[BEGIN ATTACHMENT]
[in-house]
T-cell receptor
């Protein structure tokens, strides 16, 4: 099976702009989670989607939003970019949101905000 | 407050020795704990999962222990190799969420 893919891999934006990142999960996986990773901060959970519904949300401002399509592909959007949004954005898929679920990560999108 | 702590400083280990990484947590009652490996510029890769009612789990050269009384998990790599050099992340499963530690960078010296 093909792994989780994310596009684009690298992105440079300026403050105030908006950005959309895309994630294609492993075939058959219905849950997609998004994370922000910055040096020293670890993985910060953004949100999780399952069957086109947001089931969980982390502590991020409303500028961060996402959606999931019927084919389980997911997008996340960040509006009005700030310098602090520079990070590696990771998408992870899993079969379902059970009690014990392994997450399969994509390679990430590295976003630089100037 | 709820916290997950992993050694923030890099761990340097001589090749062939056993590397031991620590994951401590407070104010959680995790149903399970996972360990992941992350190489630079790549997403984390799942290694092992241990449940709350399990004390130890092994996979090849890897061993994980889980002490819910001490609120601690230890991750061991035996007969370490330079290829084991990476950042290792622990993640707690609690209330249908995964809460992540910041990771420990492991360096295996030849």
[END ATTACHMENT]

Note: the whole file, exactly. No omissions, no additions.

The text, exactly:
[in-house]
T-cell receptor
């Protein structure tokens, strides 16, 4: 099976702009989670989607939003970019949101905000 | 407050020795704990999962222990190799969420 893919891999934006990142999960996986990773901060959970519904949300401002399509592909959007949004954005898929679920990560999108 | 702590400083280990990484947590009652490996510029890769009612789990050269009384998990790599050099992340499963530690960078010296 093909792994989780994310596009684009690298992105440079300026403050105030908006950005959309895309994630294609492993075939058959219905849950997609998004994370922000910055040096020293670890993985910060953004949100999780399952069957086109947001089931969980982390502590991020409303500028961060996402959606999931019927084919389980997911997008996340960040509006009005700030310098602090520079990070590696990771998408992870899993079969379902059970009690014990392994997450399969994509390679990430590295976003630089100037 | 709820916290997950992993050694923030890099761990340097001589090749062939056993590397031991620590994951401590407070104010959680995790149903399970996972360990992941992350190489630079790549997403984390799942290694092992241990449940709350399990004390130890092994996979090849890897061993994980889980002490819910001490609120601690230890991750061991035996007969370490330079290829084991990476950042290792622990993640707690609690209330249908995964809460992540910041990771420990492991360096295996030849």